the back door to get to the front yard. This where we’re just going to it. And the other thing you see is a
bunch of scribbling something like know “high instep” scribble it on the
tracing. If you notice I haven’t done
anything. No scribbles. Yeah. And that’s because there’s nothing
to note. Everything and everything. Everything is just going. There’s nothing glaring. So if this was a tall joint I would make a note of that. If this was protruding greatly I would make a note of that. So you would scribble? Oh yeah absolutely. But in your particular case nothing has been nothing has been nothing is really sticking to that extent. That’s a good way of putting it I
guess. So once again we’re going back to
the straight heel. I’m sorry the, the short heel. Now the short heel is not used in really in shoe making. It’s used not in this manner. It’s used in a pull on boot. So a pull on boot would be like a riding boot? Riding boot, cowboy boots anything anything you pull on you don’t lace generally has to do with heel height also. So this is 13 and an eighth. That’s quite a bit
different than the other one. And so how is that important in
terms of the construction so that so that it doesn’t slip at the heel? Yes that’s actually true also too. We’re going to be cutting
paper patterns. And that short heel is used in certain aspects to get your foot in a pull on boot, we have we have dual problems. We’ve got to get your foot into the
boot, and then once your foot into the
boot the boot has to fit. So we have we have a problem of just getting you in. And so the short heel is going to
come back and help us getting your foot in the boot. It’ll come and then as I descend the instep that’s when the measurements become relevant to the last. OK. So the short heel is really just to get you in and out of it. OK. If that makes any sense. And that’s something that you’d see
maybe like an English shoemaker using for riding boots. Exactly. And they would be measuring you
different writing. Well they would be
measuring you semi weight bearing and that would change everything. That would change all the
measurements everything would expand. And so how much, you know, whenever you’re kind of
studying you know you’ve studied a lot in terms of I guess developing your method. How much of it is taking inspiration from shoemakers taking inspirations
from bootmakers makers or just completely
developing your own technique or what Charlie taught you? What you find out is crafts person artists anybody who makes anything that you really need to focus. You need to pay attention to what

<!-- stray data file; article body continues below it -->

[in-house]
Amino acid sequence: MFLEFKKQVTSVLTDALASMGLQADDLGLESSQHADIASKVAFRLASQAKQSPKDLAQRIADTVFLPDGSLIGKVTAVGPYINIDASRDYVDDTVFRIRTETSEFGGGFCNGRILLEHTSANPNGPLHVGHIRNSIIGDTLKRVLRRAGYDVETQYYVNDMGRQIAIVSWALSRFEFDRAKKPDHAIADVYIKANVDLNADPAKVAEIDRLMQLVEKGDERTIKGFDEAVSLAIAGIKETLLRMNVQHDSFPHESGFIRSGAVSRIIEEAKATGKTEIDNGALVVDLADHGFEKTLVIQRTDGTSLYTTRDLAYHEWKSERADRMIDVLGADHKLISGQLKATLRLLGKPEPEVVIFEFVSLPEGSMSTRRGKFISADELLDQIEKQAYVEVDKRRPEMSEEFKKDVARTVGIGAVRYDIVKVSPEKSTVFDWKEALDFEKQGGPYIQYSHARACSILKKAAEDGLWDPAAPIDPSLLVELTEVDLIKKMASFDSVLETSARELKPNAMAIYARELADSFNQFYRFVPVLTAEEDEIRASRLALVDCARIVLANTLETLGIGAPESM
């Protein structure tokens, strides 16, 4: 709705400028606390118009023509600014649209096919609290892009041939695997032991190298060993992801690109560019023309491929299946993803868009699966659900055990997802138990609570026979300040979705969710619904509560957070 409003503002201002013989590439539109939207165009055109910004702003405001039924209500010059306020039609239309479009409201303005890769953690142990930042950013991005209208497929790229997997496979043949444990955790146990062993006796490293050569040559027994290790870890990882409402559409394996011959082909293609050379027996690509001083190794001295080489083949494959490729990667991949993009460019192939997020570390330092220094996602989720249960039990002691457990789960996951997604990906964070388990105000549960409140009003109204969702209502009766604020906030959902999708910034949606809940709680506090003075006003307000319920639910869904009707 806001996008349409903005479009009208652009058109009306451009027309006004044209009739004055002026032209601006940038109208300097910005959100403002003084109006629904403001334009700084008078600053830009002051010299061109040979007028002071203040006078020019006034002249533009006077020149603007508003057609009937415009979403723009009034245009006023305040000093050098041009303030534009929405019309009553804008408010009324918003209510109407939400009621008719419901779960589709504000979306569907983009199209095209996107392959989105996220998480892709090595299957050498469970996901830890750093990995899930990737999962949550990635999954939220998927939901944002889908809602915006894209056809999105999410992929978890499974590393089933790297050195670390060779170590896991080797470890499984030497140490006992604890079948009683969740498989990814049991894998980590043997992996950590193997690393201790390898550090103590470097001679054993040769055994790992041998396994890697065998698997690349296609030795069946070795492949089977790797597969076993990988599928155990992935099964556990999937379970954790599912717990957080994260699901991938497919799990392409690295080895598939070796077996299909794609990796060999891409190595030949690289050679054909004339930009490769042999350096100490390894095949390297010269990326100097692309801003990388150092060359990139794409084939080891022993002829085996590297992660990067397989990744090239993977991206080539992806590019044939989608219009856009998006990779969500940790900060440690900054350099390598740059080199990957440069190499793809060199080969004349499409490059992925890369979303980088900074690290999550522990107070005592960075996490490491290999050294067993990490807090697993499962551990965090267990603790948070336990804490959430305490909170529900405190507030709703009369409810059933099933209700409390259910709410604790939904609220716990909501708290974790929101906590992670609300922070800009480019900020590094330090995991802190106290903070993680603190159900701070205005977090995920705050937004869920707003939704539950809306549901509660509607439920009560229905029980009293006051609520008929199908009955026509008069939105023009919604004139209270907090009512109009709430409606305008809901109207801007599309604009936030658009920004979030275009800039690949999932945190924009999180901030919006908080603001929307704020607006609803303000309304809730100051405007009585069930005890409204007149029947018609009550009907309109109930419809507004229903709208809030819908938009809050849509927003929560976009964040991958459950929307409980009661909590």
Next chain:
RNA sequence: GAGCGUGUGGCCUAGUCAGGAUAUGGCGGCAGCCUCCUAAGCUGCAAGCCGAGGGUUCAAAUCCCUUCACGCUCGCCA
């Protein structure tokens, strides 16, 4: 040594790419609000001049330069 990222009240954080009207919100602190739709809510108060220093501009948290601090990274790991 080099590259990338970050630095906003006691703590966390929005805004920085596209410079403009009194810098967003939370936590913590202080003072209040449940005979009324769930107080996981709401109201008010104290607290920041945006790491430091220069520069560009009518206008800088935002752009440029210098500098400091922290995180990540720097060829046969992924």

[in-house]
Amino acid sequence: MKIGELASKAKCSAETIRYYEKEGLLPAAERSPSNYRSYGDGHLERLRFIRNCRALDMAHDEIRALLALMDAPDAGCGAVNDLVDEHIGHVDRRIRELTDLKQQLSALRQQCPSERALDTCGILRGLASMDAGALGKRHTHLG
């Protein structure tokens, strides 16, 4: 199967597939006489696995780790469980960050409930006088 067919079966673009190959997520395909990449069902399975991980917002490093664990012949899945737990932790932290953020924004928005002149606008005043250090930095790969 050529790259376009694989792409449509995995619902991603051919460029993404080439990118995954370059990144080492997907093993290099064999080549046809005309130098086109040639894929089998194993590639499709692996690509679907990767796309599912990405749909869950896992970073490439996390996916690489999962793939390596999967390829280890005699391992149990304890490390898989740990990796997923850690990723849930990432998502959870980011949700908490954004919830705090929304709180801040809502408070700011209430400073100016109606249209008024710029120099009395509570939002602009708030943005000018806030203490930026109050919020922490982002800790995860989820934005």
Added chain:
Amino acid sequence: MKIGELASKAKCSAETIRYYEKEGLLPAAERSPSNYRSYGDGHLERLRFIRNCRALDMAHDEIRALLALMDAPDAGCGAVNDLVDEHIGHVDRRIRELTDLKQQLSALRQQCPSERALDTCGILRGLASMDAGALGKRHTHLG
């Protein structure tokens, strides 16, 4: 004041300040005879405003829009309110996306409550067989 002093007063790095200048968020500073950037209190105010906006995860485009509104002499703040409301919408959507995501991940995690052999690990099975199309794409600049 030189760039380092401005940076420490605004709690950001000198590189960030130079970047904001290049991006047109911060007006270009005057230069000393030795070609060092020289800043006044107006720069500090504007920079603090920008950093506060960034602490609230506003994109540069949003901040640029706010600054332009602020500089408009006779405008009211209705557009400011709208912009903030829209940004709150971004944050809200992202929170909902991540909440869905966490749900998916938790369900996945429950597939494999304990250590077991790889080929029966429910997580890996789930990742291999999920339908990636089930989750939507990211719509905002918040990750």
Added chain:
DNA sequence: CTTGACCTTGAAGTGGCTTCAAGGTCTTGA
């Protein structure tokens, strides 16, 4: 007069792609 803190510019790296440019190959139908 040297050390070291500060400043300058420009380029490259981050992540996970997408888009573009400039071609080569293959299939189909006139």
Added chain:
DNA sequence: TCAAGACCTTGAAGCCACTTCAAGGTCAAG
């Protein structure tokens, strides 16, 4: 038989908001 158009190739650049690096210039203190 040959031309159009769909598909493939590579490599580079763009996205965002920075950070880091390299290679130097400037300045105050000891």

other people are doing to find hints of how you might be able to use that knowledge and then you basically take it back and you could call it woodshedding where you’re using it you’re trying to see what works what
doesn’t work and you throw out the things that
don’t help you. So really it’s in the beginning in the early in the early years you’re more you’re being open to new methods and things like that. And then as you slowly develop your own style you slowly find out what works what doesn’t
work what’s necessary what isn’t
necessary. In the early days of measuring I might have taken an hour to
measure someone’s feet and they may have a plane to catch. Yeah. And so you’ve got to go ahead and you can’t. You don’t have the luxury of just spending time. So you really, so in the beginning
you do pay attention to everybody and all the things that are out
there every little nugget that you can find and then you slowly learn what is relevant and what isn’t. And of course the ultimate goal is
the same thing. You want to make sure you do
a good job and that’s what this is all heading towards. It is for us to do a good job for you. Have you trained any other last
makers? I have trained a few. This this is really in my opinion the hardest part is to measuring the foot is not hard and it’s taking that data and making a last. And I read a book that Ferragamo wrote called what was called Shoemaker Dreams. And in the book he talks about the secret that he developed fitting. And how to make a shoe that fits so
beautifully but he never tells you in the book. So when I read the book it was in
1986. Well number one I was angry because I was looking for the secret. And he didn’t. He just he kind of tantalized you that it was there. But he didn’t tell you what it was. But I’ve spent from 1986 till now finding the secret. And I did find it. But you can’t tell us. Not at this point but but maybe what it is is that you know… On your tombstone: “The secret is…” Well no I, the people that work for
me Kirby the people that work here they all are part of it and we show them you know all of the stuff that I’ve learned passing
on to them. And so the secret will be, they’ll be shown. Yeah all of that stuff. It’s not going to be on my